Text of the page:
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BFS Director Marty Meyer is initiating an arthropod monitoring program at the BFS, and this past Saturday, volunteers helped get the program underway by installing permanent sleeves for pitfall traps in the non-native grasslands in the East Field and in the area of recovering coastal sage scrub. The data collected on the abundance and diversity of ground-dwelling arthropods (such as beetles, ants, pill bugs, and scorpions) in different habitats at the BFS as well as in areas outside the BFS will help us understand which arthropods are endemic to coastal sage scrub and inform conservation and restoration.

The ground-dwelling arthropods will be collected in pitfall traps made out of large test tubes. To facilitate repeated collecting the same locations, permanent sleeves of PVC pipe are placed in the ground so their tops are level with the soil surface. When not in use, the sleeves are capped to prevent anything from falling in. When a trap is deployed, the cap is removed, a test tube is fitted snugly into the sleeve, and sleeve and test tube are covered with a cap that excludes small rodents and reptiles but allows the arthropods to enter the trap. You can read more about the traps here.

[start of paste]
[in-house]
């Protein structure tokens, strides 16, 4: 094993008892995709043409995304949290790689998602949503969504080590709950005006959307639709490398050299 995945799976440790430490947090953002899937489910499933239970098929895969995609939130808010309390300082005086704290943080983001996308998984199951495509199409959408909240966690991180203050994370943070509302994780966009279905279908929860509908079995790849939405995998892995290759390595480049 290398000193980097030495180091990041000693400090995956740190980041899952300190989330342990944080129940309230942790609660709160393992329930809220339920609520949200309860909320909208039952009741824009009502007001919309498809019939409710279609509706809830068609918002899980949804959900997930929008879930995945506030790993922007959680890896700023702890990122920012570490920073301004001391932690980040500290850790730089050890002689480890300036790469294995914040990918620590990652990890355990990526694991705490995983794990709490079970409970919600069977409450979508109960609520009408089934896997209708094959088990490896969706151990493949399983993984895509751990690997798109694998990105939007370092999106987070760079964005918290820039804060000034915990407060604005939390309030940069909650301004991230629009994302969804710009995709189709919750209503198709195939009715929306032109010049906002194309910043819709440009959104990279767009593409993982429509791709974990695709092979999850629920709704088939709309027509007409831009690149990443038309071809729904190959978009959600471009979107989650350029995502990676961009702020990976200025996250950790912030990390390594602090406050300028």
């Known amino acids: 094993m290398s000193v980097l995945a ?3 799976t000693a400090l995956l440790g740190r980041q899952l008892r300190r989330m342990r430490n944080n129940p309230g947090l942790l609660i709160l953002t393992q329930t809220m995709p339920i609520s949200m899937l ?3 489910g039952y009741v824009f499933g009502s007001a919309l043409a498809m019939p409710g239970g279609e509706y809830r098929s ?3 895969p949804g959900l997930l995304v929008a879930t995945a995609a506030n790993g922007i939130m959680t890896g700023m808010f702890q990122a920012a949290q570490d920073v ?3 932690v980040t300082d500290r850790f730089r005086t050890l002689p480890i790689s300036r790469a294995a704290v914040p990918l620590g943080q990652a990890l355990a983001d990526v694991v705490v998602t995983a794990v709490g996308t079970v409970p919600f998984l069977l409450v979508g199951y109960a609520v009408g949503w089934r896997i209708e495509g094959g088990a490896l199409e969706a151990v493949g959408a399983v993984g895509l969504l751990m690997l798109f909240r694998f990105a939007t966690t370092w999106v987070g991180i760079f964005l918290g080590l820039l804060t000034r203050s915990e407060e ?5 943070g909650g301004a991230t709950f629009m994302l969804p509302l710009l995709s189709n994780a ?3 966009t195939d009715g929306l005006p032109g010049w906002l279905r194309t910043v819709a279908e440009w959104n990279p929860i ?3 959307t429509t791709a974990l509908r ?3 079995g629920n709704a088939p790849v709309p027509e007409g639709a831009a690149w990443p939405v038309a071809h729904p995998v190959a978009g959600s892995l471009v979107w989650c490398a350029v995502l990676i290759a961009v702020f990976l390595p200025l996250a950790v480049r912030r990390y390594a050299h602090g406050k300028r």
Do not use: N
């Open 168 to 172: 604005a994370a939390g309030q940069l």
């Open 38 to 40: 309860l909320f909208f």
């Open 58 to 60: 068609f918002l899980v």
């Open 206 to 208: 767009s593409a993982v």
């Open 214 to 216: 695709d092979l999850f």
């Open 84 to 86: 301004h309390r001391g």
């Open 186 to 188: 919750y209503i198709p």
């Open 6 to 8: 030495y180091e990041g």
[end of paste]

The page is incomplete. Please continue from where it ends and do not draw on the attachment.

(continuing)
Pitfall trap sleeves awaiting installation. ©Nancy Hamlett.

The first step in deploying the traps is obviously to install the sleeves. In each habitat, 8 sites with three sampling locations in each had already been selected. One team of volunteers installed pitfall trap sleeves in the grasslands…

Prof. Paul Stapp (Cal State Fullerton), Elise Boyd (Pomona ’16), and Ben Stapp at work in the grasslands. ©Nancy Hamlett.

…while a second team installed the sleeves in recovering coastal sage scrub.

Prof. Dick Haskell (HMC), Michael Lertvilai (HMC ’16), and BFS Director Marty Meyer working in the recovering coastal sage scrub. ©Nancy Hamlett.

Making holes in the ground at the BFS can be a bit tricky. Because the BFS lies on an alluvial fan, the soil is full of pebbles and rocks wash down from the San Gabriel Mountains. Several tools were used to make holes for the sleeves, including narrow drain spades…

Elise Boyd (Pomona ’16) digs a hole with drain spade. ©Nancy Hamlett.

…and heavy San Angelo bars. Even so, we occasionally had to relocate the holes to avoid large boulders.

Prof. Paul Stapp (Cal State Fullerton) digs a hole with a San Angelo bar. ©Nancy Hamlett.

At the end of the workday, all 48 sleeves were installed in place, just waiting for the trapping to begin.

A completed installation of a pitfall trap sleeve. ©Nancy Hamlett.

As always, there were interesting things to see while we were working. The grasslands right now have a lot of grasshoppers, like this one:

Ben Stapp holds a female Devastating Grasshopper (Melanoplus devastator) found in the East Field. ©Nancy Hamlett.

We also found a soccer ball covered with teethmarks. Soccer-playing coyotes? Now that’s a sight I’d like to see!

Do coyotes play soccer? A soccer ball covered with teeth marks found in the East Field. ©Nancy Hamlett.

This was the last volunteer workday before the winter holiday. Thanks to everyone who’s participated! Workdays will resume on January 19. Please check the volunteer schedule for updates.

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